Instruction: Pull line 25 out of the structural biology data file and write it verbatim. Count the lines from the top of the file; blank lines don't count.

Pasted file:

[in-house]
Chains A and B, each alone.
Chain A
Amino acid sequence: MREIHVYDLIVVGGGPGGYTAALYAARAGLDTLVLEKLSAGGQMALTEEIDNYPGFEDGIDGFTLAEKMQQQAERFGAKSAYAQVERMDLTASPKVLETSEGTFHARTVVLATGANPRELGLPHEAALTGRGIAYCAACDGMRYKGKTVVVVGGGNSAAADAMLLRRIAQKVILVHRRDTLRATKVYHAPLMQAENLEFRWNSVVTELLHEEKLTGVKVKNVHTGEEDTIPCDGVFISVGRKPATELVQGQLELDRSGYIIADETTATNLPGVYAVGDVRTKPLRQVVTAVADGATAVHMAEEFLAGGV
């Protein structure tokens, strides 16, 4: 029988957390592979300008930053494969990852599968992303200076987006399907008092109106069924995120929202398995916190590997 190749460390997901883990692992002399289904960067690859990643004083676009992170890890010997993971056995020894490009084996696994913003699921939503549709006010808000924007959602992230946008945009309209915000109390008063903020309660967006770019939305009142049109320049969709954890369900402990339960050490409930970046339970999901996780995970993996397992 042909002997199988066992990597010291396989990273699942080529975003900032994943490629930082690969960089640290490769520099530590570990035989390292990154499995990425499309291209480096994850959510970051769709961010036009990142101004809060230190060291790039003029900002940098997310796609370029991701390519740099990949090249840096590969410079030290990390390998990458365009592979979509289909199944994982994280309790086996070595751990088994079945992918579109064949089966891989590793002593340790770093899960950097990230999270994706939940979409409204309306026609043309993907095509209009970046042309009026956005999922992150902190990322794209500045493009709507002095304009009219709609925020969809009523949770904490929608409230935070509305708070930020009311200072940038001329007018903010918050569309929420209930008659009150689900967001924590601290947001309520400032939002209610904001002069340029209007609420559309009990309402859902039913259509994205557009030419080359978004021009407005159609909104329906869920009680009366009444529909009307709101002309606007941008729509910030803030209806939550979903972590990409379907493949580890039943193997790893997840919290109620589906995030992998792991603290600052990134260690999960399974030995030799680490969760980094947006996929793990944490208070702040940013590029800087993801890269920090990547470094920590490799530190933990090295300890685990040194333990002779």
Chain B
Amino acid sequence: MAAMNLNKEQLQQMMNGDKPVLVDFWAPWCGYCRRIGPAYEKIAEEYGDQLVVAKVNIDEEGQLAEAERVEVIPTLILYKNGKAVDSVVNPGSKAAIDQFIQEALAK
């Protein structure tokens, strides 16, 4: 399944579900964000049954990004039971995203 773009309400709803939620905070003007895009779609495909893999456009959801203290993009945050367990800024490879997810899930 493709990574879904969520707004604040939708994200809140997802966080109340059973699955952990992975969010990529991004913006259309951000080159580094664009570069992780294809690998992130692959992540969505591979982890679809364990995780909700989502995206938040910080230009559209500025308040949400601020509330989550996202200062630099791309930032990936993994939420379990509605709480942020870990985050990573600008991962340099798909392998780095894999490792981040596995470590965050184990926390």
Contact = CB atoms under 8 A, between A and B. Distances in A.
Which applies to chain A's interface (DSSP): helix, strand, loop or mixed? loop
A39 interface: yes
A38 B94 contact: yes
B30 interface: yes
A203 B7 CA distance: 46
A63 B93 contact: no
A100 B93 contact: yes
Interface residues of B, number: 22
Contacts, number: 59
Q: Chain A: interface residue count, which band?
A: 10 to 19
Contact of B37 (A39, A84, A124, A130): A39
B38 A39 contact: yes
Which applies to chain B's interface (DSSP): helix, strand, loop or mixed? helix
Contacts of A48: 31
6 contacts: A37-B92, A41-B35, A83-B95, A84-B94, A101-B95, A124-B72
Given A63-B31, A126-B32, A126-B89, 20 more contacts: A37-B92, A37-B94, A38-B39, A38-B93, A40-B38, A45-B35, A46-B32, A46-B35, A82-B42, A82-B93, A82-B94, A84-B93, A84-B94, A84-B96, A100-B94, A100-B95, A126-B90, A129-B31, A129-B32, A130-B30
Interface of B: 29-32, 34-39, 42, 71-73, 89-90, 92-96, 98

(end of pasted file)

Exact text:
6 contacts: A37-B92, A41-B35, A83-B95, A84-B94, A101-B95, A124-B72